National Party leader Christopher Luxon popped into The Courier newspaper office for a chat with editor Daniel Tobin, during his visit to Ashburton. He also spoke at a public meeting.
Mr Luxon said he liked to visit two or more towns a week, “because getting out of Wellington is a good thing, you hear what the real issues are.”
The cost of living and inflation were some of the concerns Mr Luxon had identified from locals during his visit, as well as labour shortages.
“There are real challenges around labour shortages here, that’s a consistent theme from a range of business I have spoken to,” he said.
He agreed the lack of rental properties in Ashburton were linked to the labour shortages.
“We have to have the infrastructure so we can grow… across the country there is a real shortage of rental properties, that’s not helped by the Government putting in extra costs like removing interest deductibility and bright-line tests, on day one we want to remove those very quickly,” he said.
“Farmers aren’t villains,” Mr Luxon said, when asked what the farming community could expect from a National government.
“Our farmers are the best and the most carbon efficient in the world, culling the herd is not the answer for removing emissions, because all we are doing is moving the production from New Zealand to another part of the world.
“So we need to change our mindset and say we are going to back our farmers to be the best in the world.
“If we are going to continue to lead the world in agriculture and make sure our farmers are productive and the best, we have to get innovative and improve practices through research and development in a science lead way,” he said.
One of the highlights of Mr Luxon’s visit was a tour of Ashburton manufacturing business Ashfords, a company he described as “world class.”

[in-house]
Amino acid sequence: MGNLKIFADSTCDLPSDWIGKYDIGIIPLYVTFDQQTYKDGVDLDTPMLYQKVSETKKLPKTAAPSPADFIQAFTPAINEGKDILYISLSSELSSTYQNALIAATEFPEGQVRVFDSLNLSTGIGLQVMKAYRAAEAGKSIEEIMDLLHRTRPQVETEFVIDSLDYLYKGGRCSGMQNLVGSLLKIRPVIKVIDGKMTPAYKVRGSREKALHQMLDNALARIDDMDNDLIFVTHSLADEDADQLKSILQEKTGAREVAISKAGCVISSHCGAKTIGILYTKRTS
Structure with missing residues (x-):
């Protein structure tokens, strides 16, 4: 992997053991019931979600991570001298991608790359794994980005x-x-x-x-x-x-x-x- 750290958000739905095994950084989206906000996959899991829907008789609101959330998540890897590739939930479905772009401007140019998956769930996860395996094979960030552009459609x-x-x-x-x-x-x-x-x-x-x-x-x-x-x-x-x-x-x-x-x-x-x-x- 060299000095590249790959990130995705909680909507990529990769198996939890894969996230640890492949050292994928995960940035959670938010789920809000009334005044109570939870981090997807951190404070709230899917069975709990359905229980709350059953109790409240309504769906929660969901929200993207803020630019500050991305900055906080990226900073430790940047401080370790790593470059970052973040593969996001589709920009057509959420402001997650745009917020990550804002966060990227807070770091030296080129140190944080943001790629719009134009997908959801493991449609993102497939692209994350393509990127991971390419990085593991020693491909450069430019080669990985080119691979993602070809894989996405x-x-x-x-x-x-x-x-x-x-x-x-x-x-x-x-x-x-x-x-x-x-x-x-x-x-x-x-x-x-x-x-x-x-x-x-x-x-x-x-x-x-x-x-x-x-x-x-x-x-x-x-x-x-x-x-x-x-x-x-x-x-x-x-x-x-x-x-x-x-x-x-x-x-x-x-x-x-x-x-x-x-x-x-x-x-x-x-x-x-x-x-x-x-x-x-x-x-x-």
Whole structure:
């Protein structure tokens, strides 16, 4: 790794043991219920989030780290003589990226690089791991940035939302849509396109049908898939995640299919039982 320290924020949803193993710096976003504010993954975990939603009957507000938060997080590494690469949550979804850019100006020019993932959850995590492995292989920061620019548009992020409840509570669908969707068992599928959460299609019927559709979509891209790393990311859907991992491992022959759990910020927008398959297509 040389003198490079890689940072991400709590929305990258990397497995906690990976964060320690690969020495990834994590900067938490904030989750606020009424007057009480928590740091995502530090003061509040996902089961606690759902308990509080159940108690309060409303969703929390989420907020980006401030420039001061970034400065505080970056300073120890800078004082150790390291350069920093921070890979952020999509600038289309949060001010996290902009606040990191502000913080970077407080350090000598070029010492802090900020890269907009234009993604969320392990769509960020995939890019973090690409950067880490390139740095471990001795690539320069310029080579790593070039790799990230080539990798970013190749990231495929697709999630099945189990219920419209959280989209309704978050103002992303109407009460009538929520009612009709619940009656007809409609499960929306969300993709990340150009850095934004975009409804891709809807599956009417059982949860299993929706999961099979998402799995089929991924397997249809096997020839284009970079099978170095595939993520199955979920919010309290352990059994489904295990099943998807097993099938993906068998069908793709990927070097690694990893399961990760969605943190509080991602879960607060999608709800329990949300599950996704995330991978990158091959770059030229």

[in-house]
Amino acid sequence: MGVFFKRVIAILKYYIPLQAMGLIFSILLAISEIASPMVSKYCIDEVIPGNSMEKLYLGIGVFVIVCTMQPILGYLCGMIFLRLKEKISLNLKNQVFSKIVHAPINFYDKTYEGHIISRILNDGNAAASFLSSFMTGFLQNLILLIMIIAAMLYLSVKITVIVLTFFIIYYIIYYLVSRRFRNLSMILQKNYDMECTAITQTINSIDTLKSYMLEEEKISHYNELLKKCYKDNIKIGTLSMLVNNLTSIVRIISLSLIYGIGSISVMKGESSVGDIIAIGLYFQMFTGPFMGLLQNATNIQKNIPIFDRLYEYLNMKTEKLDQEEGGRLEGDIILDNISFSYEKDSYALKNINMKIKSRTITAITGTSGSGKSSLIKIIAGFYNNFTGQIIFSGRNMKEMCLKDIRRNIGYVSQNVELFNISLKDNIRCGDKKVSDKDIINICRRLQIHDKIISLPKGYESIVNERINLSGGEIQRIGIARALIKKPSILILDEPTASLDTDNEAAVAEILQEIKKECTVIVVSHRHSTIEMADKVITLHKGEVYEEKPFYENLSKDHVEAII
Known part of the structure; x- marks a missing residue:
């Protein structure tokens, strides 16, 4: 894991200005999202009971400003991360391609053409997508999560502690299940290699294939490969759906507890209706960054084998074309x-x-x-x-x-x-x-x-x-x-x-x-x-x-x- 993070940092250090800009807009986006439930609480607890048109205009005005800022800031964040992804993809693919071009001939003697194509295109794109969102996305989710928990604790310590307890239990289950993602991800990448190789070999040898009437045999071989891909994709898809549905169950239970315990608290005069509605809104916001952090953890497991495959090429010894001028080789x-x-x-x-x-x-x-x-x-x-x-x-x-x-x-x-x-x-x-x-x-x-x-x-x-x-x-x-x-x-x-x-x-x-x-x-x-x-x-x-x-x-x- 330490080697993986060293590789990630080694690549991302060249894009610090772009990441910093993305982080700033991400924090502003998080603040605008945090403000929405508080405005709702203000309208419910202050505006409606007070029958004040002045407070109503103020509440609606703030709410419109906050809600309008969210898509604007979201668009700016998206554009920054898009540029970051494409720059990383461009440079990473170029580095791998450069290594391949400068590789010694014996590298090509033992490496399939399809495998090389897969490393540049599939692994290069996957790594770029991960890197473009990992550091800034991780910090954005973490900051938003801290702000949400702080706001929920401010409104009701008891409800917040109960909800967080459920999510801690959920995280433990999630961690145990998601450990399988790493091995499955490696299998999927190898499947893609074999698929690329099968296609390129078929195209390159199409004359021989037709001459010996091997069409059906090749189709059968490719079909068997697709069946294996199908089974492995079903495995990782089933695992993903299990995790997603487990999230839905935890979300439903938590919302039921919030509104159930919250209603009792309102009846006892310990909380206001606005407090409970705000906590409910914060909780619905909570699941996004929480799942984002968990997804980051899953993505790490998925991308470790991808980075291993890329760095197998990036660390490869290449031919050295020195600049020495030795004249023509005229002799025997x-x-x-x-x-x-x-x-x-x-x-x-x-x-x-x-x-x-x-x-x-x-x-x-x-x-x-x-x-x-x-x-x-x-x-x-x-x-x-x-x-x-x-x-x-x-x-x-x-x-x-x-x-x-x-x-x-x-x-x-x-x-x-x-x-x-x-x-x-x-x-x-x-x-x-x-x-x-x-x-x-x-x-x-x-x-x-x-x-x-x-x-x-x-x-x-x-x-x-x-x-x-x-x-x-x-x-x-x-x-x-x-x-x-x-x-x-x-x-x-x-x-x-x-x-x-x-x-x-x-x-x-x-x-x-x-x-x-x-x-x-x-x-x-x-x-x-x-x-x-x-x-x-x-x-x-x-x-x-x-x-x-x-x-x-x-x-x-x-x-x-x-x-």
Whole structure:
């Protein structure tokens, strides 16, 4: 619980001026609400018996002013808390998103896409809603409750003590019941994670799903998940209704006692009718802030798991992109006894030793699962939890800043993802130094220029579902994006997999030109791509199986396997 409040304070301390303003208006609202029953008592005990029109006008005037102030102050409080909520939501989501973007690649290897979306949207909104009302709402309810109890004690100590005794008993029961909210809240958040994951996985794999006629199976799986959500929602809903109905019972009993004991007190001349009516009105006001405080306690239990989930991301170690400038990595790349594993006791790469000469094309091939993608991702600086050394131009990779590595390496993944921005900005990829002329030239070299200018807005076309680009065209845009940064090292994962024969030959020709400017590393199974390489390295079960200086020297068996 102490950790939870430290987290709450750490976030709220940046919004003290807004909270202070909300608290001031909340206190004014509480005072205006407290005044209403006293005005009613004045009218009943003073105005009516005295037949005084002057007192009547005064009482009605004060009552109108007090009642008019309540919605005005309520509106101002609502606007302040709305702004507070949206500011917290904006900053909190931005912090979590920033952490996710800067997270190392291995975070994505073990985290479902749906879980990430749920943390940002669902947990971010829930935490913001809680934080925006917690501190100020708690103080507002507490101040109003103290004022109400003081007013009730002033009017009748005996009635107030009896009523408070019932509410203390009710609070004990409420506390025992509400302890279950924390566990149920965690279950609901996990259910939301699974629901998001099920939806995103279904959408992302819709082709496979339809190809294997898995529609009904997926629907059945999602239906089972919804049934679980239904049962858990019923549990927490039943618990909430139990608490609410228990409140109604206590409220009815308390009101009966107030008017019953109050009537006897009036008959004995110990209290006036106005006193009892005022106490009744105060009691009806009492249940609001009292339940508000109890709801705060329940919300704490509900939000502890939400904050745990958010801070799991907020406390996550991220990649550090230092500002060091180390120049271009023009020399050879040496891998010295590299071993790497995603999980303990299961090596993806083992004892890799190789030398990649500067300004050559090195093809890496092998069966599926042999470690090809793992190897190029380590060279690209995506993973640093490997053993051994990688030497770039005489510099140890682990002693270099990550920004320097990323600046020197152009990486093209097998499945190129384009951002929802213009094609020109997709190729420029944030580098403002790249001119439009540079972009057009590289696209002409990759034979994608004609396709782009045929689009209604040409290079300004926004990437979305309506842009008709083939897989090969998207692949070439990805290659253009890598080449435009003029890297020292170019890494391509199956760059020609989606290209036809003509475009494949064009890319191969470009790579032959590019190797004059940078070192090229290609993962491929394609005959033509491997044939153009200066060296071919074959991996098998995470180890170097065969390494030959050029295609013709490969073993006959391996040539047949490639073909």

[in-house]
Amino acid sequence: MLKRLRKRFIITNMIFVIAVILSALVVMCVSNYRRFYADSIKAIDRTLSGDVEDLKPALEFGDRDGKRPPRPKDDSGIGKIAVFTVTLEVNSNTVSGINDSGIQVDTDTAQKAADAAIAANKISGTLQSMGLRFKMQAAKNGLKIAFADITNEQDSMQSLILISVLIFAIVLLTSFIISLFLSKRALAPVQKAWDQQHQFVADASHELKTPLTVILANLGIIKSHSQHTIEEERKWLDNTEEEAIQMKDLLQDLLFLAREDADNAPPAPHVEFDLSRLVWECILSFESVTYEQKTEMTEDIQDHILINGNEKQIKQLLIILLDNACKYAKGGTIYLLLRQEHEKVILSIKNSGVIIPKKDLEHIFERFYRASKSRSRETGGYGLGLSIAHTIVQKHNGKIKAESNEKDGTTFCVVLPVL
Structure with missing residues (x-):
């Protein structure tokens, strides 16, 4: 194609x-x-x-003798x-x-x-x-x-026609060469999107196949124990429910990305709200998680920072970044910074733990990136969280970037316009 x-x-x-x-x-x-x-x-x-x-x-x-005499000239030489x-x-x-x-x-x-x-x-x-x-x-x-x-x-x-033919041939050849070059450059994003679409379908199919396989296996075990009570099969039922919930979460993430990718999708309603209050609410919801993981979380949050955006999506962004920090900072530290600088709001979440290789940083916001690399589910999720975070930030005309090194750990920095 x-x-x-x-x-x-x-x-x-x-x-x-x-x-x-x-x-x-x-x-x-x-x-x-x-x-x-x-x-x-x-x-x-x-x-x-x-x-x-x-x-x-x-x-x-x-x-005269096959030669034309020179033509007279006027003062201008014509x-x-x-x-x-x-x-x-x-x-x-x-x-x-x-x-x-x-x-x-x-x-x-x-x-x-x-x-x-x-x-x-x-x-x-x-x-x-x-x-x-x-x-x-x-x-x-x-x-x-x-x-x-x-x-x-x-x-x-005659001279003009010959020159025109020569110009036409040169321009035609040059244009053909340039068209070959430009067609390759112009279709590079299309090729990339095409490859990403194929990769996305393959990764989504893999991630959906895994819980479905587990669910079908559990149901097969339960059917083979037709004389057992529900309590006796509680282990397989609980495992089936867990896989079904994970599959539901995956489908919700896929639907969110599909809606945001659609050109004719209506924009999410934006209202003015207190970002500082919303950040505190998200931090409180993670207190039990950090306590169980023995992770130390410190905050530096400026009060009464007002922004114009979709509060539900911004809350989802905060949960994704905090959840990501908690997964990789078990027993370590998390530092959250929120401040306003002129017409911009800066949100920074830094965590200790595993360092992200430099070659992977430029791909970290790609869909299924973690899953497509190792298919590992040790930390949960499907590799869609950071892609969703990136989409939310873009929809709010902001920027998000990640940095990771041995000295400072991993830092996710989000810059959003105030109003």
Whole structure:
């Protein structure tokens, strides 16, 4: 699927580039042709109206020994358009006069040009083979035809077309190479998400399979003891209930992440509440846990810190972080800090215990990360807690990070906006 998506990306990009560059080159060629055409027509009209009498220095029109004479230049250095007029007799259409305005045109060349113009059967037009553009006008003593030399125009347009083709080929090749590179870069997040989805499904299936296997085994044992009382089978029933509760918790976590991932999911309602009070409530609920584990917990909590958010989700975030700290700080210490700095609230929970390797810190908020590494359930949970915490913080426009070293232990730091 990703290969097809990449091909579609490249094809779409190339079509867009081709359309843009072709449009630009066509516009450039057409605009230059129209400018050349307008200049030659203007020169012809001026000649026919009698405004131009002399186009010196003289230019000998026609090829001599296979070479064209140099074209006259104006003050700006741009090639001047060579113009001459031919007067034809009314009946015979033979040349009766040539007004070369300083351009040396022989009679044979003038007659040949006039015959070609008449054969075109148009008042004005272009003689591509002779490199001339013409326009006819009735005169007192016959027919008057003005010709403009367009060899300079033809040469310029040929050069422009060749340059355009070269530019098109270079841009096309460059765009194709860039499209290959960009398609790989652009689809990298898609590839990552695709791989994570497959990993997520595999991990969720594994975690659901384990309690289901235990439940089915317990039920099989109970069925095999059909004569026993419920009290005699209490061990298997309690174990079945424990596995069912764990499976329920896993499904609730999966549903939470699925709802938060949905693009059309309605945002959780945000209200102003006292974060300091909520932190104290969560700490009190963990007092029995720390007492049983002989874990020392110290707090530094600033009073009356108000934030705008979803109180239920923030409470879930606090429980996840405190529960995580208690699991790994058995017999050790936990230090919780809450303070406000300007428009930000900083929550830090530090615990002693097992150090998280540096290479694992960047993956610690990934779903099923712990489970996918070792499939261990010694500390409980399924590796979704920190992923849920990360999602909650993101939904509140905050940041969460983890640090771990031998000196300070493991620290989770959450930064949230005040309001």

“I was really impressed to see a great commercial success, really good culture and amazing people with outstanding products and services.”
Mr Luxon’s public meeting was at the Ashburton Event Centre, where he took questions from locals, including Ashburton District Council Mayor Neil Brown who asked what National’s promise to repeal the Three Waters reform would look like.
Mr Luxon said the critical thing was the loss of local control and influence, “that’s the thing you have to protect, because we believe in localisms… we hate bureaucracy, want outcomes and we believe empowering local community organisations to deliver those outcomes.
“We will be able to unwind this one pretty quickly, the question is what are the models we go to, to get good management of these water assets over the next 30 years, as long as it stays in local control, that’s the key thing.” Other questions asked at the public meeting included the rising crime rate, and the quality of National Party candidates in the South Island.
The question that drew a round of applause from the crowd was about the change of names and departments in New Zealand, with no mention of these changes in the last election. He replied perhaps the bigger issue the question addressed was co-governance.
“This country has said we are going to pursue a process of treaty settlements, the vast majority of people said yep, there were wrongs committed and we need to address those, when John Key wanted to change the flag – a big constitutional choice, he takes it to the New Zealand people.
“The point is on a constitution issue you take it to the people, you take them with you, you don’t leave them behind, you make the case, that’s not happening here, that’s got to be done.
“We believe we are one country, we can have a single system and within that single system we can have components of innovation that can target people on the basis of need, not ethnicity.”
Mr Luxon described education as the most alarming issue for him since he came to politics 18 months ago.
“In the last 18 months, they (Labour) have spent five billion dollars more and yet we are only getting sixty percent of our kids going to school regularly… it’s a big problem.”
He said this year almost forty percent of 15-year-olds failed the most basic global reading test.
“That’s not just a social issue, that’s actually an economic crises because that’s New Zealand in 15-20 years time, we don’t have the people well enough educated to move the country forward, to move the economy forward, to create more wealth,” he said.
The National party leader has close ties to Ashburton and Mid Canterbury, as a young man he would drive down from Christchurch in his 1962 Riley Elf to visit his future wife Amanda, who taught at Tinwald School and his grandfather was the headmaster at Willowby School.
“I love this region, its always been very special its got huge potential, we want it to continue to be a great place of opportunity.”
-By Daniel Tobin